Wednesday, July 19, 2017

A Nice Cold Drink, Anyone?

Did you see the teaser video from the other day that I posted on Facebook?  If you did, it's pretty obvious what we just built.  An OUTDOOR COOLER!  And it weighs about 367 lbs.  No lie.

There were no plans in the near future to build an outdoor cooler.  And when I say "in the near future" I actually mean I didn't have ANY plans to build one.  At all.  But months ago when we were out shopping for things for Emily's room, we found a cute piece of wood with a bottle opener on top and a box attached on the bottom to catch the bottle tops.  While it was certainly "cute"- it wasn't worth the ridiculous price Michael's was charging for it, nor was it made with any sort of quality wood.  It was definitely something that we could have knocked out in about 10 mins with scrap wood in the garage.  If only....

What we did walk away from Michael's with, however, was just the bottle opener that was also sold separately.  Fast forward to a couple weeks ago, when Hot Toddy got it in his head to build an outdoor cooler.  We scoured the Internet for ideas, to see what we liked or didn't like.   Then we watched a How-To video on YouTube and we were off to Lowes.

We picked up a few more pressure treated 2X4's for the legs and cut them to size.

Oh and can we just talk about our drill game we've got going on?  Does one REALLY need three drills?  The answer is yes, yes you do.  One for the drill bit, one for the counter sink bit, and one for the screw bit.  It makes life so much easier and eliminates a lot of wasted time changing drill bits.  

Once the legs were done, we needed to make the frame and base that would hold the cooler.  We purchased an Igloo 52 quart cooler from Target for around $20.  The cooler needs to sit flush with the top of the frame around it, so we worked upside down for most of this part.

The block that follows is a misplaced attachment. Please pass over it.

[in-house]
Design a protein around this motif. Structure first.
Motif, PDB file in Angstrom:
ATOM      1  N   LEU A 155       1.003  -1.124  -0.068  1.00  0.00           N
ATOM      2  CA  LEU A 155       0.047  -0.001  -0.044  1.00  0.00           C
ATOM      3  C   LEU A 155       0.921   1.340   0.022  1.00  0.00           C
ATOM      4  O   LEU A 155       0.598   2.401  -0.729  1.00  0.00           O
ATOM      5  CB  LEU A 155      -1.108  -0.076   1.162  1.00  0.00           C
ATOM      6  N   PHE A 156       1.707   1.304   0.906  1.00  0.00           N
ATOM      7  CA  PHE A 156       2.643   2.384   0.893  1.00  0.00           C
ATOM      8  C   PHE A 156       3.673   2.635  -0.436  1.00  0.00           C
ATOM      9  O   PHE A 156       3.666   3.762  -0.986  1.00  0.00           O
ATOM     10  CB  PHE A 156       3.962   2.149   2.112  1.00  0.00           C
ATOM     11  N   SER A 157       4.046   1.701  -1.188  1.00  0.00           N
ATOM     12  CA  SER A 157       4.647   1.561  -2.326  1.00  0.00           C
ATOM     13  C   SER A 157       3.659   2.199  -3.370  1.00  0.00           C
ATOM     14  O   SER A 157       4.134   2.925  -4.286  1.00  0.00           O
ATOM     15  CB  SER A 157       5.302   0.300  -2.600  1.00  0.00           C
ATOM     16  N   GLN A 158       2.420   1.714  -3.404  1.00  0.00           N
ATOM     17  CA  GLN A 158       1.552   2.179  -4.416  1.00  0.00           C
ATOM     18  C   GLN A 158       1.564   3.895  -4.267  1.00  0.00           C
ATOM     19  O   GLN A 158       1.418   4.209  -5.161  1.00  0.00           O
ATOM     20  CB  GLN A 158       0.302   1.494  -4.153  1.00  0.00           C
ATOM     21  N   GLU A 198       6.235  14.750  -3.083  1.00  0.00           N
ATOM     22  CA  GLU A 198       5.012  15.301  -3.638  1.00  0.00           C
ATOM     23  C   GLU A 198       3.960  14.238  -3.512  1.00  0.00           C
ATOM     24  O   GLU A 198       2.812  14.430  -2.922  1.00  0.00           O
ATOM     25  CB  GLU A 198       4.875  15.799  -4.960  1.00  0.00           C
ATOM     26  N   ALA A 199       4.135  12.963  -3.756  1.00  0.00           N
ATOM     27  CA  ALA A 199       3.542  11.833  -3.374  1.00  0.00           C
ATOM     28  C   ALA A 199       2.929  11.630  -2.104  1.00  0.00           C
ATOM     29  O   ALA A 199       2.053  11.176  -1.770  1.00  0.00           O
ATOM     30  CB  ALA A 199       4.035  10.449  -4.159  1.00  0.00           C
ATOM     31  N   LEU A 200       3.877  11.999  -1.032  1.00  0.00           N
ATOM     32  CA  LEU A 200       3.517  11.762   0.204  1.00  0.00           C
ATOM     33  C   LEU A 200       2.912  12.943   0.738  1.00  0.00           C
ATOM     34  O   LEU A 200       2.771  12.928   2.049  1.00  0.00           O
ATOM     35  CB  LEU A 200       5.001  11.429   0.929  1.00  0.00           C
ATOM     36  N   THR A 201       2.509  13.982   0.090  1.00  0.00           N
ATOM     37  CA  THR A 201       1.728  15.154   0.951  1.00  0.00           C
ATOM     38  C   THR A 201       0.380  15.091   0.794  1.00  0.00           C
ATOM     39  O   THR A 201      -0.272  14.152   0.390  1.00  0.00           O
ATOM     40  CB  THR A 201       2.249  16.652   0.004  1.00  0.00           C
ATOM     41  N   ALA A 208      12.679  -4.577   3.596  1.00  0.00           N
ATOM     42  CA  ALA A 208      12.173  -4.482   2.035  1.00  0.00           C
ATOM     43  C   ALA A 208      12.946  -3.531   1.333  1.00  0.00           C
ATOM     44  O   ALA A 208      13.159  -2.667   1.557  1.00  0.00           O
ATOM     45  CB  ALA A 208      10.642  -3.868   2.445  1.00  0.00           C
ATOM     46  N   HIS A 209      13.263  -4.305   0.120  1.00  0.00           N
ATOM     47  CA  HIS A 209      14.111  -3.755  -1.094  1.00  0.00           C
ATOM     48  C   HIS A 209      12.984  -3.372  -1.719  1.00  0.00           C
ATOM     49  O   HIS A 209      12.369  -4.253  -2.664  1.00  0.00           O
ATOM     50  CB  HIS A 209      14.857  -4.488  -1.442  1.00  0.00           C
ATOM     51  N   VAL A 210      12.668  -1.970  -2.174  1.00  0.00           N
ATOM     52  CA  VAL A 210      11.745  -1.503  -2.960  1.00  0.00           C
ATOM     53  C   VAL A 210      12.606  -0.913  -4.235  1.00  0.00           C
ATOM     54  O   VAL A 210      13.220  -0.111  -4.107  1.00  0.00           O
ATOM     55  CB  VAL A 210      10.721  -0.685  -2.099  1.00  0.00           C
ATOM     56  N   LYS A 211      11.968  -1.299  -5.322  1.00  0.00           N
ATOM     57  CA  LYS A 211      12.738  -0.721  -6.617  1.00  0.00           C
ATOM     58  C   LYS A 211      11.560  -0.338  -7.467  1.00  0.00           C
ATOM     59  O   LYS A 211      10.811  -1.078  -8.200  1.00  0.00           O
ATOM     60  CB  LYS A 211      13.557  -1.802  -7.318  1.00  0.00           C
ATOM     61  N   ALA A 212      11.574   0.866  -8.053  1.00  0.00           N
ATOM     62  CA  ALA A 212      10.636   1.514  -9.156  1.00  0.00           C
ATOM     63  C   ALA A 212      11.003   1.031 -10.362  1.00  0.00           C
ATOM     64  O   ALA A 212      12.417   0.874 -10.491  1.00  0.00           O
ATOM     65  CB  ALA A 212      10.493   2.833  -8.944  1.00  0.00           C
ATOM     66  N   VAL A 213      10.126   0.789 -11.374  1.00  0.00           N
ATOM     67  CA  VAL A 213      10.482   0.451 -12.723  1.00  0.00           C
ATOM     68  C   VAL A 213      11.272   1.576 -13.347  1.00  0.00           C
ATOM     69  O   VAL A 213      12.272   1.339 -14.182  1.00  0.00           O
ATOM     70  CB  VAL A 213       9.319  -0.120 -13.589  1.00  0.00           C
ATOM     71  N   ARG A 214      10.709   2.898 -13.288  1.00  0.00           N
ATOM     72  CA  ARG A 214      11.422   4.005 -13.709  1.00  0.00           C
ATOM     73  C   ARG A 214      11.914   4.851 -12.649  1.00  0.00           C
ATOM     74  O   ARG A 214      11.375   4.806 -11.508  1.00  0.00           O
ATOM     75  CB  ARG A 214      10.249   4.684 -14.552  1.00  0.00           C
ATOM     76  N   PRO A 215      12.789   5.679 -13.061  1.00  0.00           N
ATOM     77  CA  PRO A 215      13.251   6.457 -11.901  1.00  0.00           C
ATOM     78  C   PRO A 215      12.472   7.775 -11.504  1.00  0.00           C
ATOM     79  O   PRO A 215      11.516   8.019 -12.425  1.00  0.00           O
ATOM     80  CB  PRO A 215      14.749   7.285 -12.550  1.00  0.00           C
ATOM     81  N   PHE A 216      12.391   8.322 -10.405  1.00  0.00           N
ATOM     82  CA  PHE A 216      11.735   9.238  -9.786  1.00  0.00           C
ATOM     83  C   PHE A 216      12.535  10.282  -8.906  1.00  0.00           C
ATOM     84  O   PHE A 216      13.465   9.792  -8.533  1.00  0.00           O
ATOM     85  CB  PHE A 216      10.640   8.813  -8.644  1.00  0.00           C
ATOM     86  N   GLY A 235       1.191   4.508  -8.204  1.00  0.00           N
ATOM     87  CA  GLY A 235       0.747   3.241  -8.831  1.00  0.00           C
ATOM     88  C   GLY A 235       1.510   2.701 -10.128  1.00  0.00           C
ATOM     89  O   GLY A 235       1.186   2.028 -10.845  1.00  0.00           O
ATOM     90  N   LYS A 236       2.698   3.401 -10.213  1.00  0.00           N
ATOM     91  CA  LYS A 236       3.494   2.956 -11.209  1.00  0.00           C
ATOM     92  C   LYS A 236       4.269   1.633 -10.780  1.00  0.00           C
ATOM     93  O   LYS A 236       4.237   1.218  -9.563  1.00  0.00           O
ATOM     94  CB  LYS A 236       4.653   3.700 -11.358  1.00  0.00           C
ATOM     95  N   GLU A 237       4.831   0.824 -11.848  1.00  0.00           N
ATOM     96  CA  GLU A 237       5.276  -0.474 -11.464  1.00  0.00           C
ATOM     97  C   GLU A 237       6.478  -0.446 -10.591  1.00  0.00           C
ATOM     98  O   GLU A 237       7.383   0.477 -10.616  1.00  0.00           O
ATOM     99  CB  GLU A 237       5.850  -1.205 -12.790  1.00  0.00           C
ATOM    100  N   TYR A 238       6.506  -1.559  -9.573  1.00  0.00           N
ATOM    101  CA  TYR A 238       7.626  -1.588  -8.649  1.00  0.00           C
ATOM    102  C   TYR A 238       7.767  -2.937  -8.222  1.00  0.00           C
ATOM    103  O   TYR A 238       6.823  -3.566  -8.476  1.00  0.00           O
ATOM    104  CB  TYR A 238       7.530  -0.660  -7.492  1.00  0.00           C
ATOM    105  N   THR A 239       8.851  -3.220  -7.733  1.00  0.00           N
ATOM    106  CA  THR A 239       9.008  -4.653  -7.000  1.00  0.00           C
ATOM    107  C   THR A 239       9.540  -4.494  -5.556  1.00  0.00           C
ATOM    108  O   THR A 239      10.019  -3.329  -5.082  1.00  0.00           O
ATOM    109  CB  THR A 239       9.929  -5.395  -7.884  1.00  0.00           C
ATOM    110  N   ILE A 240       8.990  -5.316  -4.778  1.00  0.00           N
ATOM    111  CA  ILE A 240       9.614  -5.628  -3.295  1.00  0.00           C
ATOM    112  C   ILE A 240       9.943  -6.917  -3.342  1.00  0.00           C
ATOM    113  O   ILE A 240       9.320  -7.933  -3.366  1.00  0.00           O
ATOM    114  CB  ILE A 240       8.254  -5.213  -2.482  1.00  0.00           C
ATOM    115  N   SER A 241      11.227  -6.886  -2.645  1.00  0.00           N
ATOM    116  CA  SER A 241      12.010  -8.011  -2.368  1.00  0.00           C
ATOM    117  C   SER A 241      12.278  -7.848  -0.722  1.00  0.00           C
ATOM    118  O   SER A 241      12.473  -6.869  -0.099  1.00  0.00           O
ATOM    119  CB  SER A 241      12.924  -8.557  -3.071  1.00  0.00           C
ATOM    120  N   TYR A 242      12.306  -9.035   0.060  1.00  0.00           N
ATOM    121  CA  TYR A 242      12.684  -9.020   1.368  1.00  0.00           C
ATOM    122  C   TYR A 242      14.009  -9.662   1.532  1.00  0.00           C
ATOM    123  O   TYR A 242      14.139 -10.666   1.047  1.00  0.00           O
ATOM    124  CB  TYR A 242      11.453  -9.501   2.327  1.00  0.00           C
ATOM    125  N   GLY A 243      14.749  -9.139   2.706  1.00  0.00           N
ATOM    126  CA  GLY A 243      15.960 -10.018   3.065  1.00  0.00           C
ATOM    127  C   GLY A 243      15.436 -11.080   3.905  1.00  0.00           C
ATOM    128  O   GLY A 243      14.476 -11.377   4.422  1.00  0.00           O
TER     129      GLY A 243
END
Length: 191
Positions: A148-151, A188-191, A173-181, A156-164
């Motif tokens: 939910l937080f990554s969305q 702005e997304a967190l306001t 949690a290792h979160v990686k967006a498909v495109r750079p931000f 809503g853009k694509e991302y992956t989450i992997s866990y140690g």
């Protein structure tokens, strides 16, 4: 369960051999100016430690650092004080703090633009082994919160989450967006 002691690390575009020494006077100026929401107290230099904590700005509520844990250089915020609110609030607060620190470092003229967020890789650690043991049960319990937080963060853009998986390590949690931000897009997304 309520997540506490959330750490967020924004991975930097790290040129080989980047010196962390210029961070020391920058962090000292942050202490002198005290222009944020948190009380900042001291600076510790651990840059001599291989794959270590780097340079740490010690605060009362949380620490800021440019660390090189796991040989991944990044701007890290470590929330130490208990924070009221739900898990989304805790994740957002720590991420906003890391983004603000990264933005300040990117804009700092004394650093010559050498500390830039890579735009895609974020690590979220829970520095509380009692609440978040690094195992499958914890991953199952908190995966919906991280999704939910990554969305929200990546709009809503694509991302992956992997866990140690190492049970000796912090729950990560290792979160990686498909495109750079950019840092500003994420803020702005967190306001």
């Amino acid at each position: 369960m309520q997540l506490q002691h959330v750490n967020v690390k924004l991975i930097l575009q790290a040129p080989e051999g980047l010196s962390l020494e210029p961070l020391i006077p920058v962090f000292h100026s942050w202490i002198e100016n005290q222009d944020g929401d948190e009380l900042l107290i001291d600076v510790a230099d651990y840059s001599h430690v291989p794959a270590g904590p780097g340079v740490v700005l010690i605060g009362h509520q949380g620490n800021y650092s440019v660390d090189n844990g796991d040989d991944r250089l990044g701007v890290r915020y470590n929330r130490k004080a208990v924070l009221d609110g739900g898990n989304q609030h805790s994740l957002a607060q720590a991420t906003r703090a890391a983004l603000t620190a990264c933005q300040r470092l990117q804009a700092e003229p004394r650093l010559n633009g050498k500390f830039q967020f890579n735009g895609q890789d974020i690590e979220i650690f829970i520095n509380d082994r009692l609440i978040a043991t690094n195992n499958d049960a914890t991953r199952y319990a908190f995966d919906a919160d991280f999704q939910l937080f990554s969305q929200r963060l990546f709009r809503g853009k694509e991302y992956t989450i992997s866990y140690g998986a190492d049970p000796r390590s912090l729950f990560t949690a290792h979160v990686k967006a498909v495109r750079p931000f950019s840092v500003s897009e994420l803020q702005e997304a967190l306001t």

Once we had the frame done, we attached the legs.  

Now we put the cooler back into the frame to make sure that it still fit.

Since the cooler isn't being held by anything in the above pic, next up was the base that the cooler would sit on.  

Again, done upside down so that we made sure the top of the cooler remained flush with the frame.  All of these steps were done with 2X4's.  But everything else that follows we either used 2X2's or 1X4's.  

Now that we had the base done, we added a shelf on the bottom for support and function.  

Now came time to "hide" the cooler.  

Next came adding the cover.  This part was tricky because you want to make sure that the Igloo cooler top shuts to the bottom of it.  It will defeat the point of the "cooler" if it doesn't seal and keep everything inside cool.   So the plastic top had to remain on/in the bottom and we built around it with the wood.  Then we added the hinges to the back, all while marking sure the plastic top was still sealed on/in the cooler and screwed the frame into the plastic top.  

We then added the top pieces to now cover the white plastic part of the cooler.  

We added a handle to the front of the top.  We so fancy.  

Then came time to figure out the plug and drain features.  We had to remove what was in the cooler when we bought it because there was no way for us to access the plug now that there was wood around the entire cooler.  So off to Lowes...and then Menards to get what we needed.  Basically a 5" pipe, a spicket, and a nut.

We brought it outside and filled it up with water to see if there were any leaks or if what we did actually worked.  Thankfully, there was no leaking!  Yay us!

We added the bottle opener and went and purchased a magnetic galvanized bucket to "catch" the bottle caps.  

And if you did see the video, you saw that the cap bounced right out of the bucket.  So we'll need to figure out that piece.  Also, we lowered the shelf to about 3 inches above the ground.  It was originally way too high to be functional.  Now it's the perfect height for extra twelve packs.  HAH!  

Oh and of course I wasn't going to leave the galvanized bucket that color.  It totally looked out of place with the dark hinges, handle and bottle opener.  So back into the garage it went and got a fresh coat of paint.  Now it matches much better!  

Here's the back of the bucket that shows the magnets and leg showing how we added washers to make the magnetic area larger in hopes it stays where it's supposed to.  If it doesn't, I'm taking a drill to it and permanently attaching it.    

Now it's time to fill her up with ice and beer and enjoy sitting outside!!!!!!

PS- Eventually this and the two outdoor couches will get stained but we need to let them dry out completely- about a year- before we can do that.  But stay tuned for the Adirondack chairs new stain color that we did last weekend!  They are beautiful!

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